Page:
Andrew MacDougall, a former director of communications to Stephen Harper, is a communications consultant based in London.
“We will not resort to legislative tricks to avoid scrutiny.”
Those words – taken from the 2015 Liberal platform – are admirably direct. It’s what makes them an effective petard onto which to hoist Prime Minister Justin Trudeau, whose government is having a torrid time explaining away 2017’s legislative trickery.
The latest sleight of hand? Tabling a 300-plus page omnibus budget bill in the House of Commons, a practice Liberals used to rage against when the door-stoppers were being dropped by Stephen Harper.
The Liberals hated the practice so much – because, they said, it prevented items from receiving proper, individual scrutiny – they promised to do away with it entirely: “We will … bring an end to this undemocratic practice.”
It’s the “…” bit of that last sentence the Liberals will now cling to as they seek to defend their “wide-ranging” budget legislation. Lost to my ellipsis are the words “change the House of Commons standing orders to.”
Mr. Trudeau’s Liberals are, of course, trying to do this very thing, and are attracting a fair amount of opposition grief for it.
Government House Leader Bardish Chagger announced her “discussion” paper on parliamentary reform over a month ago, but with the NDP and Conservatives currently filibustering the procedure and House affairs committee where it is (not) being discussed, it’s unclear when, if any, reform will come.
The opposition contends that any changes to the House of Commons’ standing orders must be done with broad consensus, with Liberals arguing the electors gave them a mandate to proceed, without opposition support if necessary.
The Liberals are now learning, just as Stephen Harper’s majority government did, that a determined opposition can gum up Parliament. With only five sitting weeks before Parliament rises for the summer recess, there are 30 government bills before the House and Senate. Other than routine appropriation bills, no legislation has received Royal Assent in 2017.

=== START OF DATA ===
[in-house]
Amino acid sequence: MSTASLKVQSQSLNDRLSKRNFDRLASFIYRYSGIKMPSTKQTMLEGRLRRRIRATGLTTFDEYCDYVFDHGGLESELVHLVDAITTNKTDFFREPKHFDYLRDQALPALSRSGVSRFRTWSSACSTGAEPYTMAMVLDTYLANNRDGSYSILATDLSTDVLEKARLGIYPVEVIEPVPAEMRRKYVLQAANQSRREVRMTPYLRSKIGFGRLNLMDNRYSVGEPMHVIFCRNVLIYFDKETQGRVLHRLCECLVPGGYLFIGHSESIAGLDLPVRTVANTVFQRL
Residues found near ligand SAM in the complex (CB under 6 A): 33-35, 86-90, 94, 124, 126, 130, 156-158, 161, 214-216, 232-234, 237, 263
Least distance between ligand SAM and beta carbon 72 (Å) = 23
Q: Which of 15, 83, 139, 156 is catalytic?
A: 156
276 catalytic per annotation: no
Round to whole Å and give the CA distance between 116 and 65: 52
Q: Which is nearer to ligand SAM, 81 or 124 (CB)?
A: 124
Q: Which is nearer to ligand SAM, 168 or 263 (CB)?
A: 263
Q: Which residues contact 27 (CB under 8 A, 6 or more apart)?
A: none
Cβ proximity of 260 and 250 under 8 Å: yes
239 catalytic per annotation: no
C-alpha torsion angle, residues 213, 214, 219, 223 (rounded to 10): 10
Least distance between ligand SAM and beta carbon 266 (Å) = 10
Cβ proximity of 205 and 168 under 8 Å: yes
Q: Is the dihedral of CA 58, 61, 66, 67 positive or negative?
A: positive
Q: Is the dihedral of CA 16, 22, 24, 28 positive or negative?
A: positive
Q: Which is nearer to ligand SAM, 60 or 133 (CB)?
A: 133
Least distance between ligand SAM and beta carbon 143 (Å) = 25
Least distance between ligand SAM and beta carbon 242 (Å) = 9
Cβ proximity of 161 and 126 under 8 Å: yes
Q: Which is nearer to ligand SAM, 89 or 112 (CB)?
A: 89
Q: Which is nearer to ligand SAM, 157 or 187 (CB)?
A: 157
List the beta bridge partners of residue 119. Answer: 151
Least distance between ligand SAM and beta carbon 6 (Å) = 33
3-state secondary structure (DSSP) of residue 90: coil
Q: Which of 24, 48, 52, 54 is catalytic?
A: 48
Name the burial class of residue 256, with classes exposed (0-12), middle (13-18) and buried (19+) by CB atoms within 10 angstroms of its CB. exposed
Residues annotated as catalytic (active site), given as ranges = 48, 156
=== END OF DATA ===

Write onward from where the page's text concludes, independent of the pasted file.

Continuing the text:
The opposition’s moves, while within the rules, are undoubtedly frustrating for a government that wants to hit the barbecue circuit with a list of results longer than the current haiku. The temptation to strong-arm Parliament thus increases with every legislative obstacle.
Enter Finance Minister Bill Morneau’s budget omnibus; passing the government’s spending plan is the surest route to a summer script.
The problem? The NDP argues the bill also includes changes to the Judges Act, the Department of Veterans Affairs Act and the Food and Drugs Act, in addition to proposing an entirely new law called the Canada Infrastructure Bank Act.
But it’s the proposed changes to the Parliament of Canada Act – relating to the Parliamentary Budget Officer – that could prove the most contentious.
Thankfully, 2015-era Justin Trudeau had something to say on the matter.
“We will make the Parliamentary Budget Officer (PBO) truly independent,” the Liberal platform reads, “accountable only – and directly – to Parliament, not the government of the day.”
How this plain language squares with the budget legislation, with its requirements to have the Speakers of the House of Commons and Senate review and approve an annual PBO work plan and receive PBO reports in advance, remains to be seen. Speaker Geoff Regan, a Liberal MP, might not caucus with his colleagues, but is he “truly independent” from the interests of the Liberal party?
The government’s defence for its varied budget bill is that “it’s all in the budget plan.” If that defence sounds familiar, it’s because it is. It was the previous government’s standard trope in response to budget bill overreach. Budget plans are limited only by the imagination of the pen holder.
This wasn’t what Canadians were promised. Just because the proposed parliamentary reforms are stuck in committee doesn’t mean they can’t be observed in practice. The Liberals need only will, not law, to abandon omnibus bills.
To quote the 2015 Liberal Speech From the Throne: “Canadians want their government to do different things, and to do things differently.”
Or, is that, “meet the new boss, same as the old boss”?Report Typo/Error
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